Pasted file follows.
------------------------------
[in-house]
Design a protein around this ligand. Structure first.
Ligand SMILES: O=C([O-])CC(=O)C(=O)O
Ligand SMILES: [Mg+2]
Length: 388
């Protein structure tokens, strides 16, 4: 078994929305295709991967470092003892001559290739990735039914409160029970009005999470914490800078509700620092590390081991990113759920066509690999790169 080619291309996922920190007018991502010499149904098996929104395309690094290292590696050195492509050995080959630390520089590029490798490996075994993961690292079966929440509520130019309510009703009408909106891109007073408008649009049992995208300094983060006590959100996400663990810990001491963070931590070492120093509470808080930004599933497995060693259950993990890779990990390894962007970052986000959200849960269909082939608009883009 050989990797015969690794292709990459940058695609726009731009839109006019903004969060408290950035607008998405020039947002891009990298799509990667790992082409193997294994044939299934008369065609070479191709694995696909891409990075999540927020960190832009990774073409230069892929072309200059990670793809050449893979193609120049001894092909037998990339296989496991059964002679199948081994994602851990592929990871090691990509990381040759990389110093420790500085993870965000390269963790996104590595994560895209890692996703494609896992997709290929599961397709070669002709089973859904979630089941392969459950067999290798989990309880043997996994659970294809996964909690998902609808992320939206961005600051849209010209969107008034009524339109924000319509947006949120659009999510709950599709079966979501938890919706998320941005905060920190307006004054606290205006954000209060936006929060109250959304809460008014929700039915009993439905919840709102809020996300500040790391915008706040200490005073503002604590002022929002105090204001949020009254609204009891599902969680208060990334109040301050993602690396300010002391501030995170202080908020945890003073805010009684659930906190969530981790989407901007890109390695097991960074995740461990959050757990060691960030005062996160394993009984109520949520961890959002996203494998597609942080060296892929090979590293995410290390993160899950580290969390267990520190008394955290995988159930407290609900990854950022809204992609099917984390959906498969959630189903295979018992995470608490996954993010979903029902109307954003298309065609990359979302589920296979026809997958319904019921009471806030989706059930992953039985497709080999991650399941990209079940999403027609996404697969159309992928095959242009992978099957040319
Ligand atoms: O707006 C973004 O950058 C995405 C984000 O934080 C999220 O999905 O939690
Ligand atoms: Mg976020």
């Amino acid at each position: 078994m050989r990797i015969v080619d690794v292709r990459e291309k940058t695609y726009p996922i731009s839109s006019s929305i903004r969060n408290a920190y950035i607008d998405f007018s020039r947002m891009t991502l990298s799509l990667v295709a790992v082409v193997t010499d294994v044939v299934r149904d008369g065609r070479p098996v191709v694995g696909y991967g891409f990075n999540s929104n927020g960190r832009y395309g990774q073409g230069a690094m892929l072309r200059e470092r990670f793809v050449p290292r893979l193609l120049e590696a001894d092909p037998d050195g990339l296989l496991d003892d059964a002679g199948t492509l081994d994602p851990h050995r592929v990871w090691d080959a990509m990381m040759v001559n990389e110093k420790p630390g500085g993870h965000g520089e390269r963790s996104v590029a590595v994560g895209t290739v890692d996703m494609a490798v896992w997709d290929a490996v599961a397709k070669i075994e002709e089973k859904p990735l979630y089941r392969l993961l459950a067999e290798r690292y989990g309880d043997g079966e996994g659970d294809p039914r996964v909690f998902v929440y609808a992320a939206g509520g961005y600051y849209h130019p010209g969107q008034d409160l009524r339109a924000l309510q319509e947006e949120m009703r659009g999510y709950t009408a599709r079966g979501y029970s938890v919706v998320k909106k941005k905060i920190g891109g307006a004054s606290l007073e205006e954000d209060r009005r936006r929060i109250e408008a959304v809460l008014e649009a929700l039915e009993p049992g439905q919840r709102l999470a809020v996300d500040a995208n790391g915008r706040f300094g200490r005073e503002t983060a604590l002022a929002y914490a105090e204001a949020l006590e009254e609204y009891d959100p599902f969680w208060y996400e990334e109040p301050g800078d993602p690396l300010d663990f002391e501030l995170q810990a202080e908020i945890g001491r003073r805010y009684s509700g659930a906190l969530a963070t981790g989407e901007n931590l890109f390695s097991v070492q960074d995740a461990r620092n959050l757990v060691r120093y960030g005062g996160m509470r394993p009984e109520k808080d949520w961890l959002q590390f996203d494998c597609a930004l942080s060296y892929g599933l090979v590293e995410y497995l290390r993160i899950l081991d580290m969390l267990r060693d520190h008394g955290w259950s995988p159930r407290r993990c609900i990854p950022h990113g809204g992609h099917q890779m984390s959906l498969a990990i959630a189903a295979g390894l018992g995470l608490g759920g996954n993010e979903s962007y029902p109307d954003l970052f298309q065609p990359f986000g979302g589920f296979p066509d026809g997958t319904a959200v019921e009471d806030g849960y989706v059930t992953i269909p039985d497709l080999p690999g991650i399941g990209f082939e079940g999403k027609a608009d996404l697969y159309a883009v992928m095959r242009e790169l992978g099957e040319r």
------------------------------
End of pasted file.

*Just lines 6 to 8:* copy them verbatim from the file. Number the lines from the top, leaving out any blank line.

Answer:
């Protein structure tokens, strides 16, 4: 078994929305295709991967470092003892001559290739990735039914409160029970009005999470914490800078509700620092590390081991990113759920066509690999790169 080619291309996922920190007018991502010499149904098996929104395309690094290292590696050195492509050995080959630390520089590029490798490996075994993961690292079966929440509520130019309510009703009408909106891109007073408008649009049992995208300094983060006590959100996400663990810990001491963070931590070492120093509470808080930004599933497995060693259950993990890779990990390894962007970052986000959200849960269909082939608009883009 050989990797015969690794292709990459940058695609726009731009839109006019903004969060408290950035607008998405020039947002891009990298799509990667790992082409193997294994044939299934008369065609070479191709694995696909891409990075999540927020960190832009990774073409230069892929072309200059990670793809050449893979193609120049001894092909037998990339296989496991059964002679199948081994994602851990592929990871090691990509990381040759990389110093420790500085993870965000390269963790996104590595994560895209890692996703494609896992997709290929599961397709070669002709089973859904979630089941392969459950067999290798989990309880043997996994659970294809996964909690998902609808992320939206961005600051849209010209969107008034009524339109924000319509947006949120659009999510709950599709079966979501938890919706998320941005905060920190307006004054606290205006954000209060936006929060109250959304809460008014929700039915009993439905919840709102809020996300500040790391915008706040200490005073503002604590002022929002105090204001949020009254609204009891599902969680208060990334109040301050993602690396300010002391501030995170202080908020945890003073805010009684659930906190969530981790989407901007890109390695097991960074995740461990959050757990060691960030005062996160394993009984109520949520961890959002996203494998597609942080060296892929090979590293995410290390993160899950580290969390267990520190008394955290995988159930407290609900990854950022809204992609099917984390959906498969959630189903295979018992995470608490996954993010979903029902109307954003298309065609990359979302589920296979026809997958319904019921009471806030989706059930992953039985497709080999991650399941990209079940999403027609996404697969159309992928095959242009992978099957040319
Ligand atoms: O707006 C973004 O950058 C995405 C984000 O934080 C999220 O999905 O939690
Ligand atoms: Mg976020």